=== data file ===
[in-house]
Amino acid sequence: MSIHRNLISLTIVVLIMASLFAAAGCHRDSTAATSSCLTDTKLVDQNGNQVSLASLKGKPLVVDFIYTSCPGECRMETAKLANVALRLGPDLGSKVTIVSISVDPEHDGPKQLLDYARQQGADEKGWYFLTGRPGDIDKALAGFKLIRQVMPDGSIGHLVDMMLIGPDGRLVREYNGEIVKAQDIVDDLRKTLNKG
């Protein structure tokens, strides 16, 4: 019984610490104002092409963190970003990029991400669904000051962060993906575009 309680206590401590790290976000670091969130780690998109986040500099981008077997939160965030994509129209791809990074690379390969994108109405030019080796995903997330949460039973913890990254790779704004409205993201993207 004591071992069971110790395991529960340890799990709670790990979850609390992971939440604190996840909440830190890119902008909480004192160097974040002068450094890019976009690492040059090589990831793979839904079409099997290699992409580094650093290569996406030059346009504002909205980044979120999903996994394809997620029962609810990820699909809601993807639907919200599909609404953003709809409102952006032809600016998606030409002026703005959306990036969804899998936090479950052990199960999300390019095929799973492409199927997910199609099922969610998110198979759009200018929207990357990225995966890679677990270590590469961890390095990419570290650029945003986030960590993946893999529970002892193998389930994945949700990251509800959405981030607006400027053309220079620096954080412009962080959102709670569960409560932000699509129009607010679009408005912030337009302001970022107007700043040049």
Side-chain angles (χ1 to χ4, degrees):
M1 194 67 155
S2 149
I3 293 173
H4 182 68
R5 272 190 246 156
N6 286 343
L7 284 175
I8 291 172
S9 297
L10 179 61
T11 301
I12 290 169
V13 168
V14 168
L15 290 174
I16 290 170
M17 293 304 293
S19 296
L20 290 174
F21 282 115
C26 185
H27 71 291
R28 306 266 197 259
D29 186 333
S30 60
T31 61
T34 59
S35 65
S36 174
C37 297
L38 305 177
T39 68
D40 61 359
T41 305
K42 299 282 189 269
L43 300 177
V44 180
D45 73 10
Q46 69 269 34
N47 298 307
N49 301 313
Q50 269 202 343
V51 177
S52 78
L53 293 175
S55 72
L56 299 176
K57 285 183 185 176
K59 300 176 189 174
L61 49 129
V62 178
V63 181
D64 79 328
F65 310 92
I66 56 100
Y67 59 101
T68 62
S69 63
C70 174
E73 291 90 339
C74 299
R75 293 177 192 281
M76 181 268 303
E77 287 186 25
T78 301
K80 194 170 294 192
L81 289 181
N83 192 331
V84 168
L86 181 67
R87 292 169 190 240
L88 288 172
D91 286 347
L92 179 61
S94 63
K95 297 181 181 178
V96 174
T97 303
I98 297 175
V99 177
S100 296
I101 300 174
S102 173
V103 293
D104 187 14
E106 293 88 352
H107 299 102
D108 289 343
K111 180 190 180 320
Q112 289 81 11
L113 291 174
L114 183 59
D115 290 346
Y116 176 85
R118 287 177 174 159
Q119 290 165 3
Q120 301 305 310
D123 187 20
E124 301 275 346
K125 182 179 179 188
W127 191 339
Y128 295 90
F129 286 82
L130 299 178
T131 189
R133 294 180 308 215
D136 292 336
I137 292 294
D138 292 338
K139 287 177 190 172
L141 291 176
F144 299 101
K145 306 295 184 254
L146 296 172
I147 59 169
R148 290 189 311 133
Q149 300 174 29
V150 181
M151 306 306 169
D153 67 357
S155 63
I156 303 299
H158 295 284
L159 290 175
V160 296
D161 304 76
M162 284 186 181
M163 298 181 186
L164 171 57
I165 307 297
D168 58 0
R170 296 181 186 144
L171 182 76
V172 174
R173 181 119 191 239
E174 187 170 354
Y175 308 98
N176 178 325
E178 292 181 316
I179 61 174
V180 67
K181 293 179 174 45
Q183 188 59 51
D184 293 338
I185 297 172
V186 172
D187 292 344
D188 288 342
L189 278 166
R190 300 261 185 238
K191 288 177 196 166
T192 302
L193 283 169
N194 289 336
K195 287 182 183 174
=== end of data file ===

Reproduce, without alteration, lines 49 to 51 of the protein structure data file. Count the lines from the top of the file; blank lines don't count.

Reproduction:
L53 293 175
S55 72
L56 299 176